Print ISSN: 0028-0836
    Electronic ISSN: 1476-4687
    Topics: Biology , Chemistry and Pharmacology , Medicine , Natural Sciences in General , Physics
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  • 8
    Publication Date: 2016-07-09
    Description: Non-canonical transforming growth factor β (TGFβ) signaling through protein kinase B (Akt2) induces phosphorylation of heterogeneous nuclear ribonucleoprotein E1 (hnRNP E1) at serine-43 (p-hnRNP E1). This post-translational modification (PTM) of hnRNP E1 promotes its dissociation from a 3' untranslated region (UTR) nucleic acid regulatory motif, driving epithelial to mesenchymal transition (EMT) and metastasis. We have identified an hnRNP E1 consensus-binding motif and genomically resolved a subset of genes in which it is contained. This study characterizes the binding kinetics of the consensus-binding motif and hnRNP E1, its various K-homology (KH) domains and p-hnRNP E1. Levels of p-hnRNP E1 are highly upregulated in metastatic cancer cells and low in normal epithelial tissue. We show a correlation between this PTM and levels of Akt2 and its activated form, phosphorylated serine-474 (p-Akt2). Using cellular progression models of metastasis, we observed a signature high level of Akt2, p-Akt2 and p-hnRNP E1 protein expression, coupled to a significantly reduced level of total hnRNP E1 in metastatic cells. Genes that are translationally silenced by hnRNP E1 and expressed by its dissociation are highly implicated in the progression of EMT and metastasis. This study provides insight into a non-canonical TGFβ signaling cascade that is responsible for inducing EMT by aberrant expression of hnRNP E1 silenced targets. The relevance of this system in metastatic progression is clearly shown in cellular models by the high abundance of p-hnRNP E1 and low levels of hnRNP E1. New insights provided by the resolution of this molecular mechanism provide targets for therapeutic intervention and give further insight into the role of the TGFβ microenvironment.
    Print ISSN: 0305-1048
    Electronic ISSN: 1362-4962
    Topics: Biology
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  • 9
    Publication Date: 2016-09-07
    Description: The evolution of animal mitochondrial (mt) genomes has resulted in a highly conserved structure: a single compact circular chromosome approximately 14 to 20 kb long. Within the last two decades exceptions to t...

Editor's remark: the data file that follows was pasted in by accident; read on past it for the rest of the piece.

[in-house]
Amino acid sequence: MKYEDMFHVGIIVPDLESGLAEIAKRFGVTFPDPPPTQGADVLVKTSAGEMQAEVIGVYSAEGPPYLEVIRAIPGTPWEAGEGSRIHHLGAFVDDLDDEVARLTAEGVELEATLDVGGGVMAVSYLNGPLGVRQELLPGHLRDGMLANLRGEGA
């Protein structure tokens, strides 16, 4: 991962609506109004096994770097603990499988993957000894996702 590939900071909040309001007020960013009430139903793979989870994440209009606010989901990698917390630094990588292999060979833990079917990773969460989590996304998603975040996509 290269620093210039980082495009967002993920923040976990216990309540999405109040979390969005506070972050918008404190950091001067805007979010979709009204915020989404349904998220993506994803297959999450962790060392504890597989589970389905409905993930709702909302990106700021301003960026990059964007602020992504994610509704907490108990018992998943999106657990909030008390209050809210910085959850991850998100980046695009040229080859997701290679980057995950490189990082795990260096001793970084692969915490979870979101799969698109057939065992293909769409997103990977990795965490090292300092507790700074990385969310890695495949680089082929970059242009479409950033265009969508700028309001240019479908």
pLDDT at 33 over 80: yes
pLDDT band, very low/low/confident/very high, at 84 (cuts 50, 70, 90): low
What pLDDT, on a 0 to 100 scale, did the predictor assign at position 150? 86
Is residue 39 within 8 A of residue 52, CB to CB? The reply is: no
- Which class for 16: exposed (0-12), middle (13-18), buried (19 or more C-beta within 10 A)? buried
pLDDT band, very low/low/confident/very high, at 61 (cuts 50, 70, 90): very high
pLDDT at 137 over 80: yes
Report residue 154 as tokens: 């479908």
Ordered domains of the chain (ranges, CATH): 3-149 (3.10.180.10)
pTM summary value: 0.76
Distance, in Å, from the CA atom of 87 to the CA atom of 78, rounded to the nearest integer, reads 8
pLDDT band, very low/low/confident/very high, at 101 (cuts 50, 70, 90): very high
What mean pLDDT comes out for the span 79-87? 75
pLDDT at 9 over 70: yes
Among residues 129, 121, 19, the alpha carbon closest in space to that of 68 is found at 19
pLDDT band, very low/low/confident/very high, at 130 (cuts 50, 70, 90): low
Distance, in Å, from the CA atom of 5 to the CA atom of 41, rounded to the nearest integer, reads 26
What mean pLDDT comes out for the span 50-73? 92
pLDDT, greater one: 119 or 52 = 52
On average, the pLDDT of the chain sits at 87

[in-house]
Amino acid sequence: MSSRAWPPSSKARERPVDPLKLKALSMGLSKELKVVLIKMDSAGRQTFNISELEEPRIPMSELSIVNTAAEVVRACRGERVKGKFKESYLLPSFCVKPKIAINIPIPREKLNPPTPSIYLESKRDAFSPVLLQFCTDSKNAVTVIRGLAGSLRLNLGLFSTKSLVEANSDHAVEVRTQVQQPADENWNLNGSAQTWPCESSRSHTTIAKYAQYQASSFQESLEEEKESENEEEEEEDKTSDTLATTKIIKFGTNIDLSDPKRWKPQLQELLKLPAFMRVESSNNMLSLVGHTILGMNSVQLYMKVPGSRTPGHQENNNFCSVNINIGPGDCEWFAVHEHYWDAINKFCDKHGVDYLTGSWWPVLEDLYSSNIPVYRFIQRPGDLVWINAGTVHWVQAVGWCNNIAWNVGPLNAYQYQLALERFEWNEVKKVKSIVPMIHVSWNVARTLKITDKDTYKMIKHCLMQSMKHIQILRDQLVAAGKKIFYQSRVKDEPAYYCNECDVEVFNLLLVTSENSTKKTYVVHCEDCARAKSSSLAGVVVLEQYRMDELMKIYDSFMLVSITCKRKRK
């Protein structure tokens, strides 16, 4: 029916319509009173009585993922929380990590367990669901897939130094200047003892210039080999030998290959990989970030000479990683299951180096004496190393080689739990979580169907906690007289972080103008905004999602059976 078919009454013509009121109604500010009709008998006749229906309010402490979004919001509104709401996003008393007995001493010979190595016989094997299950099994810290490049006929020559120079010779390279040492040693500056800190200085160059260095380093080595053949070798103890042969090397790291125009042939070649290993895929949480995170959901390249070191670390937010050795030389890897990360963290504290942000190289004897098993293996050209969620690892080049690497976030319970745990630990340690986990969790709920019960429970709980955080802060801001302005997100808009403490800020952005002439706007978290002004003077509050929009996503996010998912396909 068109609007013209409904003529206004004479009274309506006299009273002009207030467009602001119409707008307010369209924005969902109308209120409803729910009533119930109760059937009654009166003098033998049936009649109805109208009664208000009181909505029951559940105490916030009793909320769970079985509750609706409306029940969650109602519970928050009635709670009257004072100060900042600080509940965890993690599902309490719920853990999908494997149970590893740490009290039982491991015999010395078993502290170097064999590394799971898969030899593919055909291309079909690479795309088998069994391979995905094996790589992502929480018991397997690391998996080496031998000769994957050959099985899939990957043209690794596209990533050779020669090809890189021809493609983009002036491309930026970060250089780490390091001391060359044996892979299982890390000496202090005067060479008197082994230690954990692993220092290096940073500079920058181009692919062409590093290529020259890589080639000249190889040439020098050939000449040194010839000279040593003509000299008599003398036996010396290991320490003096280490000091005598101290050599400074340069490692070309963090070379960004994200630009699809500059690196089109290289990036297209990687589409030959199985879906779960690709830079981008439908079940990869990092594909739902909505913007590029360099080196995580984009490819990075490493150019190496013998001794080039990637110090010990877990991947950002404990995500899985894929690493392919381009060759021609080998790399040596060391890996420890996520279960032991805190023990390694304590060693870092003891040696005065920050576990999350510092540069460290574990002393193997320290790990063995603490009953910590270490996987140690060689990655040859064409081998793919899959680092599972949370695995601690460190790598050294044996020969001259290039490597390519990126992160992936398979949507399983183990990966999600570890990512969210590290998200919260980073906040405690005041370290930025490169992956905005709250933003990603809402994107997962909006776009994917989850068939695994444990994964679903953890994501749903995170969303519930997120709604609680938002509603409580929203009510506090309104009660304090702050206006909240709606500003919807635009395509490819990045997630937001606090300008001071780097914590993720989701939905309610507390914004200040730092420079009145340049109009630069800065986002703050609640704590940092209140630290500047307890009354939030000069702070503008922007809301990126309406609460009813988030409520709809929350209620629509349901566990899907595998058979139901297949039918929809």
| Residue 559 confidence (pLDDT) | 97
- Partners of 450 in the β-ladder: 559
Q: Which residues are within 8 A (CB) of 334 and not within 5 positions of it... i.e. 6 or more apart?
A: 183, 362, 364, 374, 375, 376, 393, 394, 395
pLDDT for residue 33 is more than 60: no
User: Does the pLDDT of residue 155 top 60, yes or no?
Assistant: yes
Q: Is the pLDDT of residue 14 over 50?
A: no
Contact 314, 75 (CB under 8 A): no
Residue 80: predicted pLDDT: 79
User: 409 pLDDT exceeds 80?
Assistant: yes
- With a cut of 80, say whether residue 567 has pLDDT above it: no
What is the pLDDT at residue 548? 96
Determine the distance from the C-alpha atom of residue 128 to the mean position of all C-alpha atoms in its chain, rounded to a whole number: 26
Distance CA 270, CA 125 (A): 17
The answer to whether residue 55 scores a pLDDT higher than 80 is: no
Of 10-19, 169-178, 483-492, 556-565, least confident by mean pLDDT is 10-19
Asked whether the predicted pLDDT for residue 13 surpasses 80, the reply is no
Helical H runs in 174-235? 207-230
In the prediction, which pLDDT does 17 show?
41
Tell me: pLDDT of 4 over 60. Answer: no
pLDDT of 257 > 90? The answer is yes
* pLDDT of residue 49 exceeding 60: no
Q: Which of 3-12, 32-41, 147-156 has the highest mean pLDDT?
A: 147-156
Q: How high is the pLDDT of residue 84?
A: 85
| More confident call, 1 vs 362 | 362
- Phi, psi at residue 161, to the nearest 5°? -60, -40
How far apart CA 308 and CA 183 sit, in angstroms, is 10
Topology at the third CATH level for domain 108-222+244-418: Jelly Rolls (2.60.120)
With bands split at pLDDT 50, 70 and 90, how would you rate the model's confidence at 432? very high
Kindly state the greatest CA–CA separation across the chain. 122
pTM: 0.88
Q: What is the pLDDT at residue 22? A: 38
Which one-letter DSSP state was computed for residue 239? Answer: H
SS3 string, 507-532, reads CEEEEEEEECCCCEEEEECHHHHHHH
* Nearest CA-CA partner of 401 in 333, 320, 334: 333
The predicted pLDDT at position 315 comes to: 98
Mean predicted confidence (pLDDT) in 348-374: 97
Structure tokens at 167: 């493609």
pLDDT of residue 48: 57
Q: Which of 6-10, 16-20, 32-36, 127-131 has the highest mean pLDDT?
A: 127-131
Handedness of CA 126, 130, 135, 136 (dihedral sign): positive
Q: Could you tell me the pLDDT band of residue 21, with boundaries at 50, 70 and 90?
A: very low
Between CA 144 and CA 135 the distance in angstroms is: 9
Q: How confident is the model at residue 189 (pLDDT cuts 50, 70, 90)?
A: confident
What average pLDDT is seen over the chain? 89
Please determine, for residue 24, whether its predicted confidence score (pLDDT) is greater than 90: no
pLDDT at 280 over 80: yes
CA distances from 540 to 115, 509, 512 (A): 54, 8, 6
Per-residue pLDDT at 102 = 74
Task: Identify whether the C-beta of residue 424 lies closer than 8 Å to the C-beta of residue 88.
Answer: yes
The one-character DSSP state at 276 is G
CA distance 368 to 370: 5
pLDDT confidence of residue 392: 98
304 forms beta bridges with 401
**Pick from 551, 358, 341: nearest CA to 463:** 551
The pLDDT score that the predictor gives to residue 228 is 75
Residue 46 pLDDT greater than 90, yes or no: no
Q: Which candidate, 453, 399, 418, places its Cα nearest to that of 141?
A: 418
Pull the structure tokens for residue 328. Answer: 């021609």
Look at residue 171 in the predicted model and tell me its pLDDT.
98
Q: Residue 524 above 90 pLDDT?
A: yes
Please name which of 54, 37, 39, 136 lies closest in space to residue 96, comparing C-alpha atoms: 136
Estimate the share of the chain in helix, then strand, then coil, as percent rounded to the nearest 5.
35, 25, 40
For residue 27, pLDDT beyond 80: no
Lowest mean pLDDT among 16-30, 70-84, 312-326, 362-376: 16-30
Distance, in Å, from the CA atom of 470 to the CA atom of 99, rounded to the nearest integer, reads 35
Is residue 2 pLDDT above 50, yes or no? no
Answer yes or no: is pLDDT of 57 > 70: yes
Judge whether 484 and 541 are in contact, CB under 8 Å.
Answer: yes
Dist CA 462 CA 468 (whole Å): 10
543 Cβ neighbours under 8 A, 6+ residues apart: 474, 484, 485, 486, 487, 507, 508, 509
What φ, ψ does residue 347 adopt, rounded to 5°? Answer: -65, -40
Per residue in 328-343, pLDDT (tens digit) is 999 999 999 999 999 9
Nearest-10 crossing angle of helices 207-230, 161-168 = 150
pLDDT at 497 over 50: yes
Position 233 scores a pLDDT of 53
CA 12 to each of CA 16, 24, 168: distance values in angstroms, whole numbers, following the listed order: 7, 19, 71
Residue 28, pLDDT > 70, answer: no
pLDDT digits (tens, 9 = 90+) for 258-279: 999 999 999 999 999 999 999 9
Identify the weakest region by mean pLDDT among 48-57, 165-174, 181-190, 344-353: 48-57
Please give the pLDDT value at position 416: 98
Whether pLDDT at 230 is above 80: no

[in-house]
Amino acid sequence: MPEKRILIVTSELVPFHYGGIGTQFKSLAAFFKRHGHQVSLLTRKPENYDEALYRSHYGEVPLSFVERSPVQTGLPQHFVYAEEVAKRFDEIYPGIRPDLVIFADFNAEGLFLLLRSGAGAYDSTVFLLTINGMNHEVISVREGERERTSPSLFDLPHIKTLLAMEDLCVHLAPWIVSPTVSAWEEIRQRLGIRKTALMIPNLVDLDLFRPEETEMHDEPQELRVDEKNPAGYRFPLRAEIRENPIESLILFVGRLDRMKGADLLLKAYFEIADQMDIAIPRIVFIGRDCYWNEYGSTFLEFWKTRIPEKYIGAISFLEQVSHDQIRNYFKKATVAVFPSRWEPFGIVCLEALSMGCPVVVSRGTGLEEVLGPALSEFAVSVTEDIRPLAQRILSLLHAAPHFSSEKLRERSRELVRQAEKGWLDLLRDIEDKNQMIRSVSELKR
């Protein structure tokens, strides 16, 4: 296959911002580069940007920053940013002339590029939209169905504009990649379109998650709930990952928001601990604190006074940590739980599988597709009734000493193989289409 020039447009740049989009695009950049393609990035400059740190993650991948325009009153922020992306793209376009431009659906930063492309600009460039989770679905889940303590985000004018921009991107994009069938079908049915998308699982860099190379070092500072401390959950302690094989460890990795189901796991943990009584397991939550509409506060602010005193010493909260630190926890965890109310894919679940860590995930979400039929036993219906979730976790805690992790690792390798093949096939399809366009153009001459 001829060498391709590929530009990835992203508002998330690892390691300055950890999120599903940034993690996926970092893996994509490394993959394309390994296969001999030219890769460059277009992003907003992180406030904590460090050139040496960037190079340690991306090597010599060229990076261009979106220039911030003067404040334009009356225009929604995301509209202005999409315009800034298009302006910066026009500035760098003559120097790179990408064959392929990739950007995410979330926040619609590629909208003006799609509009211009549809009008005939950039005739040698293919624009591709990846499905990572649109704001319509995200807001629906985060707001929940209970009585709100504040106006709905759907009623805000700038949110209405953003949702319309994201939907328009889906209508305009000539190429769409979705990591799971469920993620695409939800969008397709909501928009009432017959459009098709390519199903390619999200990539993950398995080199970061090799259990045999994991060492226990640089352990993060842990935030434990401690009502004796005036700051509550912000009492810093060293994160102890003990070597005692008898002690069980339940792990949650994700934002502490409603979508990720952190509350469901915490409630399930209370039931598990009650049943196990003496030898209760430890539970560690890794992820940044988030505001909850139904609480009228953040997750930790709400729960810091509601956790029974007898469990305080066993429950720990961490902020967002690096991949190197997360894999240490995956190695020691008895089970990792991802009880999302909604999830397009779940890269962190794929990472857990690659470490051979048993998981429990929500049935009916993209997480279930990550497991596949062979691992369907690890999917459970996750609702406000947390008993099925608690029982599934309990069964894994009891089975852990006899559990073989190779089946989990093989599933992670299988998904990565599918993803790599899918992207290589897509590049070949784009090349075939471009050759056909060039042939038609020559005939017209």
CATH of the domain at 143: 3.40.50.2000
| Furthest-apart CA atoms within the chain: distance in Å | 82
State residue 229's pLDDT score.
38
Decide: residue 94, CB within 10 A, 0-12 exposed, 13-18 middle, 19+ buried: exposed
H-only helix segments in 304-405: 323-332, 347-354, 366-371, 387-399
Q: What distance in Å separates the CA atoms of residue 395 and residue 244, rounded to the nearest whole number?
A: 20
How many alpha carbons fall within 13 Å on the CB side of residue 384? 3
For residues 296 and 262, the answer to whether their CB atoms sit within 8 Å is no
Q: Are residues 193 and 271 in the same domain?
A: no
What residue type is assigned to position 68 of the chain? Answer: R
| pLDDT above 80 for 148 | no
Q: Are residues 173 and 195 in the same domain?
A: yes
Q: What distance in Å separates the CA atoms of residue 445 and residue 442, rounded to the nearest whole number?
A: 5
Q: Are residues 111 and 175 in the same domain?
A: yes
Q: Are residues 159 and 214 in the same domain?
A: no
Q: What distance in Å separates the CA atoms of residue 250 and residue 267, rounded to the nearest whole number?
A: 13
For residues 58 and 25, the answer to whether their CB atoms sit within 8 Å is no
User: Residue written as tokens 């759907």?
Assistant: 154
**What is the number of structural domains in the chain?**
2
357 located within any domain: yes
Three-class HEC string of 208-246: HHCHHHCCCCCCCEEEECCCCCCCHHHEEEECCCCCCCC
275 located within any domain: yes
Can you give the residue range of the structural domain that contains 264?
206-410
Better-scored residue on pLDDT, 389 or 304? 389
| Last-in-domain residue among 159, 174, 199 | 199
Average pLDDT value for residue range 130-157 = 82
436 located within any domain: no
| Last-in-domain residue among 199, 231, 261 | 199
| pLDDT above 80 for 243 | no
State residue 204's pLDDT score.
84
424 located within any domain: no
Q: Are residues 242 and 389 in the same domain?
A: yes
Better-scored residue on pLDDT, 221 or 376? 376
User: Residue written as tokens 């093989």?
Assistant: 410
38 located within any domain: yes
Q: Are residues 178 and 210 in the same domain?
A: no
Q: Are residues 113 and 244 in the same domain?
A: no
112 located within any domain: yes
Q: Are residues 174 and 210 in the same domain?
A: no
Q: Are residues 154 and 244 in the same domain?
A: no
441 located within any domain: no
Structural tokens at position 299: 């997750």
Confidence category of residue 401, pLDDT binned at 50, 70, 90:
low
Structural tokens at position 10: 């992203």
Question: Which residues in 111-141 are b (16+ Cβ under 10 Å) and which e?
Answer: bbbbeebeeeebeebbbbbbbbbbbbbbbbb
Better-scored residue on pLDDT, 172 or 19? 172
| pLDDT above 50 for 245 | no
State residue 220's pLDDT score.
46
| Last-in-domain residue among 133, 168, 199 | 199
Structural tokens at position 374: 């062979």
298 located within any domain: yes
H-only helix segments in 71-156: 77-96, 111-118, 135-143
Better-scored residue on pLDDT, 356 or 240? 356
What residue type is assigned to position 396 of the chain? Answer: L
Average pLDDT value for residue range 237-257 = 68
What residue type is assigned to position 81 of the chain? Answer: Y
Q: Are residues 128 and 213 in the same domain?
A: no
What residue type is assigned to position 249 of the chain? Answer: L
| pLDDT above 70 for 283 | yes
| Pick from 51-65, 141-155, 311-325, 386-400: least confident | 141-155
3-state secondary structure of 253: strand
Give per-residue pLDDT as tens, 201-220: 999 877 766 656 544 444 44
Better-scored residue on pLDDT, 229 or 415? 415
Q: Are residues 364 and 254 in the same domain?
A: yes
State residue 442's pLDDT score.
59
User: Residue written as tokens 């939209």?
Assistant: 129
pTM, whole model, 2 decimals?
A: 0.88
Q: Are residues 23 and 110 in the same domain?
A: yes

Electronic ISSN: 1471-2164
    Topics: Biology
    Published by BioMed Central
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  • 10
    Publication Date: 2018-06-29
    Description: Neuromodulatory systems exert profound influences on brain function. Understanding how these systems modify the operating mode of target circuits requires spatiotemporally precise measurement of neuromodulator release. We developed dLight1, an intensity-based genetically encoded dopamine indicator, to enable optical recording of dopamine dynamics with high spatiotemporal resolution in behaving mice. We demonstrated the utility of dLight1 by imaging dopamine dynamics simultaneously with pharmacological manipulation, electrophysiological or optogenetic stimulation, and calcium imaging of local neuronal activity. dLight1 enabled chronic tracking of learning-induced changes in millisecond dopamine transients in mouse striatum. Further, we used dLight1 to image spatially distinct, functionally heterogeneous dopamine transients relevant to learning and motor control in mouse cortex. We also validated our sensor design platform for developing norepinephrine, serotonin, melatonin, and opioid neuropeptide indicators.
    Keywords: Neuroscience, Online Only
    Print ISSN: 0036-8075
    Electronic ISSN: 1095-9203
    Topics: Biology , Chemistry and Pharmacology , Geosciences , Computer Science , Medicine , Natural Sciences in General , Physics